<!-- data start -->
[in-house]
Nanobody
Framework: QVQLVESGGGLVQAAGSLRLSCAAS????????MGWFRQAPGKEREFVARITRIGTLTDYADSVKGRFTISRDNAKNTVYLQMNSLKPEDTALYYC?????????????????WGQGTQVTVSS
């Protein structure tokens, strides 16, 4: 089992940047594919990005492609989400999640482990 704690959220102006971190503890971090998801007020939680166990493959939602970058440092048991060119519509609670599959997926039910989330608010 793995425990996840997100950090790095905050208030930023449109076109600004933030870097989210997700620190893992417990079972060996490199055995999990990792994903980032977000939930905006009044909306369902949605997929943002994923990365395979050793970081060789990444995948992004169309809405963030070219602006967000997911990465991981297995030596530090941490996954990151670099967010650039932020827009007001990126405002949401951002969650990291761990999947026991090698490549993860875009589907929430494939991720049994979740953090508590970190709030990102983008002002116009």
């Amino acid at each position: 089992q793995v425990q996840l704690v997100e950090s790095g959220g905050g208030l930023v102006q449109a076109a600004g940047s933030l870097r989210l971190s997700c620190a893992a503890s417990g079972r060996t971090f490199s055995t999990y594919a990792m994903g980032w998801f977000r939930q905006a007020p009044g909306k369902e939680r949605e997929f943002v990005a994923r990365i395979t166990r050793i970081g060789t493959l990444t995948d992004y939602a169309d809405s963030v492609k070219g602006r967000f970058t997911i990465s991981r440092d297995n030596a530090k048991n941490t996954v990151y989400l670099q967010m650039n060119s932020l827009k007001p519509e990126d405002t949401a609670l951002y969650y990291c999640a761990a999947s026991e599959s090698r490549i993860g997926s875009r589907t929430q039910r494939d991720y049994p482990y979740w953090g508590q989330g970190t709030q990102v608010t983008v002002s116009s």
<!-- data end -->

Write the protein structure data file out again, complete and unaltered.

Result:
[in-house]
Nanobody
Framework: QVQLVESGGGLVQAAGSLRLSCAAS????????MGWFRQAPGKEREFVARITRIGTLTDYADSVKGRFTISRDNAKNTVYLQMNSLKPEDTALYYC?????????????????WGQGTQVTVSS
């Protein structure tokens, strides 16, 4: 089992940047594919990005492609989400999640482990 704690959220102006971190503890971090998801007020939680166990493959939602970058440092048991060119519509609670599959997926039910989330608010 793995425990996840997100950090790095905050208030930023449109076109600004933030870097989210997700620190893992417990079972060996490199055995999990990792994903980032977000939930905006009044909306369902949605997929943002994923990365395979050793970081060789990444995948992004169309809405963030070219602006967000997911990465991981297995030596530090941490996954990151670099967010650039932020827009007001990126405002949401951002969650990291761990999947026991090698490549993860875009589907929430494939991720049994979740953090508590970190709030990102983008002002116009």
């Amino acid at each position: 089992q793995v425990q996840l704690v997100e950090s790095g959220g905050g208030l930023v102006q449109a076109a600004g940047s933030l870097r989210l971190s997700c620190a893992a503890s417990g079972r060996t971090f490199s055995t999990y594919a990792m994903g980032w998801f977000r939930q905006a007020p009044g909306k369902e939680r949605e997929f943002v990005a994923r990365i395979t166990r050793i970081g060789t493959l990444t995948d992004y939602a169309d809405s963030v492609k070219g602006r967000f970058t997911i990465s991981r440092d297995n030596a530090k048991n941490t996954v990151y989400l670099q967010m650039n060119s932020l827009k007001p519509e990126d405002t949401a609670l951002y969650y990291c999640a761990a999947s026991e599959s090698r490549i993860g997926s875009r589907t929430q039910r494939d991720y049994p482990y979740w953090g508590q989330g970190t709030q990102v608010t983008v002002s116009s």